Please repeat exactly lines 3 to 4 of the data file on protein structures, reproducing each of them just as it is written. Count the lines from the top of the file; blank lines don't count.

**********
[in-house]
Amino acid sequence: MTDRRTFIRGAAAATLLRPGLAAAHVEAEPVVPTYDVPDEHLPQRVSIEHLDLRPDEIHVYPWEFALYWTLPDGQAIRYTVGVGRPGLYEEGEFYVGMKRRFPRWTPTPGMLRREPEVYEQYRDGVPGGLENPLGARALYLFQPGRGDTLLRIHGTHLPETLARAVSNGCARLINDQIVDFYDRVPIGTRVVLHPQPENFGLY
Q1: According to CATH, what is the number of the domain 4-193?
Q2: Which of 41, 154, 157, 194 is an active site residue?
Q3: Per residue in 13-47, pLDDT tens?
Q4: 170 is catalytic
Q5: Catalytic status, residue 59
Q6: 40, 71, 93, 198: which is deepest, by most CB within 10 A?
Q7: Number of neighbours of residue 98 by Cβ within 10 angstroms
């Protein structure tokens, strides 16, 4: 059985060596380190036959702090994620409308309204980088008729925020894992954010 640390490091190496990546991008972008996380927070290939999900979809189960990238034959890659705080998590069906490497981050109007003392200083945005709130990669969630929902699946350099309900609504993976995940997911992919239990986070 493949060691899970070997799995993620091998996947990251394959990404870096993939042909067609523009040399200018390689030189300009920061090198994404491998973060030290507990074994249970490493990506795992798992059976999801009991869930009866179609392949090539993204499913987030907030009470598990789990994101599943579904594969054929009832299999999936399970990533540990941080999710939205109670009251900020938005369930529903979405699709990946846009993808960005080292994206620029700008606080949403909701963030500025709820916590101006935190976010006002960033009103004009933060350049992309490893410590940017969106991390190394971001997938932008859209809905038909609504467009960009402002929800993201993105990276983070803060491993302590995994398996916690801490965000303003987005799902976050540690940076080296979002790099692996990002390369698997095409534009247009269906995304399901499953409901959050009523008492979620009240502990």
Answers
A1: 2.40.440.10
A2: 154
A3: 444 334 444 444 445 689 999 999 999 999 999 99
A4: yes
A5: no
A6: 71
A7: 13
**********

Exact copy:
Q1: According to CATH, what is the number of the domain 4-193?
Q2: Which of 41, 154, 157, 194 is an active site residue?